estate planning in maryland

Helping Clients with Special Needs Planning & Trusts

When it comes to estate planning involving a loved one, a child or other family member with special needs, there are unique issues and techniques that should be considered. The proper approach to special needs planning involves not only using the tools available but understanding how the tools fit into ensuring a life of quality and meaning for your loved ones.

The estate planning attorneys at Frame & Frame have substantial experience in helping families with special needs planning. We can assist in creating a special needs trust, allowing for family members to contribute towards the future needs of a child with special needs.  Our lawyers understand how important it is for a child with special needs to be considered as part of the discussions and planning process.  To that end, we can review guardianship and its alternatives with someone approaching the age of eighteen, such as financial power of attorney and health care power of attorney. We can also examine public benefit eligibility issues and the ability to use an ABLE account. We can work with you and your family to put a plan in place, and bring peace of mind to all involved.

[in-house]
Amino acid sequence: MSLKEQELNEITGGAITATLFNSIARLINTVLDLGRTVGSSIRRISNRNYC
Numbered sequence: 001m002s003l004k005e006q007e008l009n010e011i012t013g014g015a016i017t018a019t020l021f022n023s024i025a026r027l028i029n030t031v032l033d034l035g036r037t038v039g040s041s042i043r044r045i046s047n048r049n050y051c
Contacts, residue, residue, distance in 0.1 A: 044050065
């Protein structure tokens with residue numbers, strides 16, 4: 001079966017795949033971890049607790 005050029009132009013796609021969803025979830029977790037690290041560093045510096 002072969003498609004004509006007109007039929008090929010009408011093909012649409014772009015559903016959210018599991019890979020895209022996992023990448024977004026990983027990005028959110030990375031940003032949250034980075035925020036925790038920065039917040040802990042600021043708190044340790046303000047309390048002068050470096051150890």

We are resources on a wealth of special needs planning topics, including public benefit eligibility, the various types of special needs trusts that are available, and the best way to select a trustee or fiduciary to help make your plan a success. The attorneys at Frame & Frame can also be a resource to a trustee that is seeking advice on how to manage their fiduciary responsibilities or how to handle an issue with a trust beneficiary.

Specifically, what is a special needs trust, and how can it allow an individual to provide for a loved one with a lifelong disability? A Maryland special needs trust attorney can discuss your situation with you and can help you to develop a trust that meets your and your family’s needs.

What is a Special Needs Trust in Maryland?